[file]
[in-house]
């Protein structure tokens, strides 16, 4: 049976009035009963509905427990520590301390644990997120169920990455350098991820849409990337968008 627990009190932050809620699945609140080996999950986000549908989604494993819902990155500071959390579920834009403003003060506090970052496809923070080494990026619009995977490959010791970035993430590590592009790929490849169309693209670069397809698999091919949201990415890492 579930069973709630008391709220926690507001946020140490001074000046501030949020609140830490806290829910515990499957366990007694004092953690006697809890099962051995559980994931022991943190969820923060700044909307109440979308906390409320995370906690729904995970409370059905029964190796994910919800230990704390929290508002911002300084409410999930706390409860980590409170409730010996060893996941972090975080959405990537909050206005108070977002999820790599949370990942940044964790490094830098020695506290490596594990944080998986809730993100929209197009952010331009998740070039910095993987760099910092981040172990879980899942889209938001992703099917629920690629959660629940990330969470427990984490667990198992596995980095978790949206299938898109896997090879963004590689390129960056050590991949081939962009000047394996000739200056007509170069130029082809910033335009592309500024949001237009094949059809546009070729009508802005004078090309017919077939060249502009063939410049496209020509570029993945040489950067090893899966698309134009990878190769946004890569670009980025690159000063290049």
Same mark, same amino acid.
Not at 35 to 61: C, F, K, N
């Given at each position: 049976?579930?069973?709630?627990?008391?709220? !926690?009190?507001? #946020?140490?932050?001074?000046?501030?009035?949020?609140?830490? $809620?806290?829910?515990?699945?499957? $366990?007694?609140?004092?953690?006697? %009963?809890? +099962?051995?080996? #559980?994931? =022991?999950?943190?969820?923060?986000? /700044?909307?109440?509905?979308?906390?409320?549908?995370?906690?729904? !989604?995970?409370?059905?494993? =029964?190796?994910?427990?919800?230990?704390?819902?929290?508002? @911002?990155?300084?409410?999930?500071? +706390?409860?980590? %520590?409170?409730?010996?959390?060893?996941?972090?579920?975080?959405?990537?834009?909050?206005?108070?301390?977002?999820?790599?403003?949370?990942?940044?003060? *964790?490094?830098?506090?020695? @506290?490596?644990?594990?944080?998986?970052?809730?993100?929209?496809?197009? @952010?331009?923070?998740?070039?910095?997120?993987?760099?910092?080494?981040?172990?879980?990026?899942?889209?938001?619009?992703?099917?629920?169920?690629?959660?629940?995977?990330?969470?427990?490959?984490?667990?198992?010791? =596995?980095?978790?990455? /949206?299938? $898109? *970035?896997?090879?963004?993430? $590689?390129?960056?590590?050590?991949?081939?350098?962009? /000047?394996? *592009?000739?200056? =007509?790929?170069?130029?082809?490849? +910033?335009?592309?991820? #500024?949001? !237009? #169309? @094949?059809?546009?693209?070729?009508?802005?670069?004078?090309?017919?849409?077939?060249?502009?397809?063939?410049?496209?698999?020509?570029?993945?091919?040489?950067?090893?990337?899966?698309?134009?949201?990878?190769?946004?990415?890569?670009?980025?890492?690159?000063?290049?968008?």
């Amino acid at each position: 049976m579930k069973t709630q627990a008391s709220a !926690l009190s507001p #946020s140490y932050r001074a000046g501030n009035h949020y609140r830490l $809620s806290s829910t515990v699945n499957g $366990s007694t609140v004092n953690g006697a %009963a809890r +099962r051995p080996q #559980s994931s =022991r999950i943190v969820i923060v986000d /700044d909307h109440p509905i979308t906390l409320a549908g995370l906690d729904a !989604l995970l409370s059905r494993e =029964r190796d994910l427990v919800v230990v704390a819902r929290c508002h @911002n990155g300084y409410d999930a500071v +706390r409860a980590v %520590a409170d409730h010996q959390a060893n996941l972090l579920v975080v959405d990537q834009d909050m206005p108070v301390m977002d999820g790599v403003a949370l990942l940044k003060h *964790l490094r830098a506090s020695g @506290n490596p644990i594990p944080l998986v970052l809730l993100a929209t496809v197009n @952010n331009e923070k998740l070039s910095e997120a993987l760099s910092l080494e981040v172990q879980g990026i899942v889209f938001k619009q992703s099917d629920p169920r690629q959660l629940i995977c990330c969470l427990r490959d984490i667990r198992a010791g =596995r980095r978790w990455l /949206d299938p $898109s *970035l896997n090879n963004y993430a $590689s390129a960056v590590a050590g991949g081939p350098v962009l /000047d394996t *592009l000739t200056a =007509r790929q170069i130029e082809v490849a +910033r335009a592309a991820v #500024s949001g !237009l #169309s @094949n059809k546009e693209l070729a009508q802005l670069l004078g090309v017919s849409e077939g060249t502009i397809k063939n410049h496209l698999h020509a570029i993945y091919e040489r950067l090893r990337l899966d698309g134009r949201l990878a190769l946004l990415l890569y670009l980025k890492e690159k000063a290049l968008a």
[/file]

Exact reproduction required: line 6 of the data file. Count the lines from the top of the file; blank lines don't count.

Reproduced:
């Amino acid at each position: 049976m579930k069973t709630q627990a008391s709220a !926690l009190s507001p #946020s140490y932050r001074a000046g501030n009035h949020y609140r830490l $809620s806290s829910t515990v699945n499957g $366990s007694t609140v004092n953690g006697a %009963a809890r +099962r051995p080996q #559980s994931s =022991r999950i943190v969820i923060v986000d /700044d909307h109440p509905i979308t906390l409320a549908g995370l906690d729904a !989604l995970l409370s059905r494993e =029964r190796d994910l427990v919800v230990v704390a819902r929290c508002h @911002n990155g300084y409410d999930a500071v +706390r409860a980590v %520590a409170d409730h010996q959390a060893n996941l972090l579920v975080v959405d990537q834009d909050m206005p108070v301390m977002d999820g790599v403003a949370l990942l940044k003060h *964790l490094r830098a506090s020695g @506290n490596p644990i594990p944080l998986v970052l809730l993100a929209t496809v197009n @952010n331009e923070k998740l070039s910095e997120a993987l760099s910092l080494e981040v172990q879980g990026i899942v889209f938001k619009q992703s099917d629920p169920r690629q959660l629940i995977c990330c969470l427990r490959d984490i667990r198992a010791g =596995r980095r978790w990455l /949206d299938p $898109s *970035l896997n090879n963004y993430a $590689s390129a960056v590590a050590g991949g081939p350098v962009l /000047d394996t *592009l000739t200056a =007509r790929q170069i130029e082809v490849a +910033r335009a592309a991820v #500024s949001g !237009l #169309s @094949n059809k546009e693209l070729a009508q802005l670069l004078g090309v017919s849409e077939g060249t502009i397809k063939n410049h496209l698999h020509a570029i993945y091919e040489r950067l090893r990337l899966d698309g134009r949201l990878a190769l946004l990415l890569y670009l980025k890492e690159k000063a290049l968008a």